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The Millionaire's Revenge
By Cathy Williams
Harlequin Enterprises LimitedCopyright © 2003 Harlequin Enterprises Limited
All right reserved.
Chapter OneGabriel Greppi stood outside the compact, ivy-clad Victorian house for a few minutes, his hands thrust into the pockets of his beaten suede jacket. He glanced up towards the left of the house, and saw that her room was in darkness. It would be. She would be at the stables now, even though it was after nine and the countryside was sunk in the frozen grip of winter.
The thought of her brought a smile to his lips. For her, he would go through this, but it wouldn't always be this way. He knew it. Could feel it in his bones. Knocking on the door of this house and being made to feel like a beggar, a distasteful presence to be endured by her parents with that particularly freezing politeness so typical of the British upper crust. No, things would change. He was only twenty-two and it might be a long haul, but things would change.
He hardened his jaw and pressed his finger to the doorbell, listening to it resound through the house, then he lounged against the doorframe and waited until the door was cautiously pulled open. Gabriel was tempted to ask whether they were expecting bandits to ring the bell before entering the house, but he refrained. A keen sense of humour had never been one of Peter Jackson's striking qualities, although that might justhave been towards him.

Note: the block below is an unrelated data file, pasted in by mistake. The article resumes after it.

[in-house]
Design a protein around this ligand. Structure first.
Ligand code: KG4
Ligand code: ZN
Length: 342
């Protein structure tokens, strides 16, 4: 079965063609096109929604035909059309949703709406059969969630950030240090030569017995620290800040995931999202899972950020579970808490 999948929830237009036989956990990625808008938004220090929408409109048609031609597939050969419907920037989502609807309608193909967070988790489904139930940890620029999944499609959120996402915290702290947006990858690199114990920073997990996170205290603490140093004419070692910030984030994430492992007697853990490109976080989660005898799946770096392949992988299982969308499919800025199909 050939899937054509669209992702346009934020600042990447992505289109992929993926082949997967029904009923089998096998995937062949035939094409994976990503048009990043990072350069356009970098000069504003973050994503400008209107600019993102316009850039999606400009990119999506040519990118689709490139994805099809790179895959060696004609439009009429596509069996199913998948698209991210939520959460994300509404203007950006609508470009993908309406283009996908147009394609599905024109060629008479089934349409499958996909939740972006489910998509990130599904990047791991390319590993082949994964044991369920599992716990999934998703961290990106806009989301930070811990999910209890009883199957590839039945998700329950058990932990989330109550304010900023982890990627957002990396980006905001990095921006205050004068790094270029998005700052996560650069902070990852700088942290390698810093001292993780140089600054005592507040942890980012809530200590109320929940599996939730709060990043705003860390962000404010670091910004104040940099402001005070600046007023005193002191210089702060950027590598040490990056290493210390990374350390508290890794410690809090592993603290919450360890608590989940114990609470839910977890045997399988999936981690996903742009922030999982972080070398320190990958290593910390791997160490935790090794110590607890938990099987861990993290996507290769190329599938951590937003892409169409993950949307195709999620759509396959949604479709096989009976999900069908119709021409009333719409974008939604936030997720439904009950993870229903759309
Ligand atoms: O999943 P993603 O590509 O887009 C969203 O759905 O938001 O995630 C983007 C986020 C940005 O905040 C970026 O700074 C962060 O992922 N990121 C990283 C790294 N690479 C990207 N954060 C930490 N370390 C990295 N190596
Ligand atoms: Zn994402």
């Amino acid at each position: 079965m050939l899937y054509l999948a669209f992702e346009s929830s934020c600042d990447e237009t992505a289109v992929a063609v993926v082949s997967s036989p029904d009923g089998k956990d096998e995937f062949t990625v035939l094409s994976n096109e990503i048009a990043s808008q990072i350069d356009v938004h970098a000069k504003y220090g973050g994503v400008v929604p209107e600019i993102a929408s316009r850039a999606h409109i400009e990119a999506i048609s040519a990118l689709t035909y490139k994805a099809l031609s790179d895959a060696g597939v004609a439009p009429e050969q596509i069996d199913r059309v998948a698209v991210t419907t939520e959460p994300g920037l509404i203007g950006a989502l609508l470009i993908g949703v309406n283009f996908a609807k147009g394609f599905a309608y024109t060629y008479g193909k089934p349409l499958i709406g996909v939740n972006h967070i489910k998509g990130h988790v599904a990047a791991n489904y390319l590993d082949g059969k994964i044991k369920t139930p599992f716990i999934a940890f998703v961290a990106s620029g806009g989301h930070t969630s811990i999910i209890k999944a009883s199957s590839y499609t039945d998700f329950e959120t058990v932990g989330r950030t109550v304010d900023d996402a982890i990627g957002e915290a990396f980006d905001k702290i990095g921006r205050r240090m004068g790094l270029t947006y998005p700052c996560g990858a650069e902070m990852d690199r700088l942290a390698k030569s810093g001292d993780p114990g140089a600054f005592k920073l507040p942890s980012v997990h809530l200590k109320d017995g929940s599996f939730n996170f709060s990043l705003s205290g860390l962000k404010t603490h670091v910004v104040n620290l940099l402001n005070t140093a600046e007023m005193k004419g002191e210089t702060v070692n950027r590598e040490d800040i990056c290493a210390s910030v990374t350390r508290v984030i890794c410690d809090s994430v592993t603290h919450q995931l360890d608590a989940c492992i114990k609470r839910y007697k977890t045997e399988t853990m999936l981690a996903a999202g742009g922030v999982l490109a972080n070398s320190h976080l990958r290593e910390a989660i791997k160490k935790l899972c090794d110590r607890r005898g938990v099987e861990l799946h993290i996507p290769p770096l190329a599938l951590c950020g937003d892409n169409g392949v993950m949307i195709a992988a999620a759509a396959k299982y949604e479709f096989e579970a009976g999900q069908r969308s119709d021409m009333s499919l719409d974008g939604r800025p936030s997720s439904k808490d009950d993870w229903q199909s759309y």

"Greppi. What brings you here, boy?"
Gabriel gritted his teeth together and summoned up all his self-control not to respond with something he would live to regret.
"Could I have a word with you, Mr Jackson?" He insinuated his foot through the small opening, just in case Peter Jackson gave in to the temptation to slam the door in his face.
"What, now? Can't it wait?"
Peter Jackson gave an impatient click of his tongue and regarded Gabriel's dark, handsome face with irritation, then he reluctantly pulled open the door and stepped back.
"If you've come to see my daughter, then you can start heading back to that house of yours, boy. Laura's in bed and I have no intention of getting her out of it at this ungodly hour."
"It's nine o'clock."
"And I haven't come to see Laura, I have come to see you. You and your wife." Gabriel fought to maintain his composure but, under his weathered jacket and faded jeans, every muscle in his hard body had tensed.
That stopped Peter Jackson in his tracks. He paused and narrowed his blue eyes. "I hope you don't intend to ask any favours of me, boy, because I can tell you right now that the answer is a resounding negative. I am not in the habit of bailing out anyone financially."
"I have not come here to ask for money." He kept his tone as polite as he could, but the derision underneath was unmistakable and the older man's mouth tightened.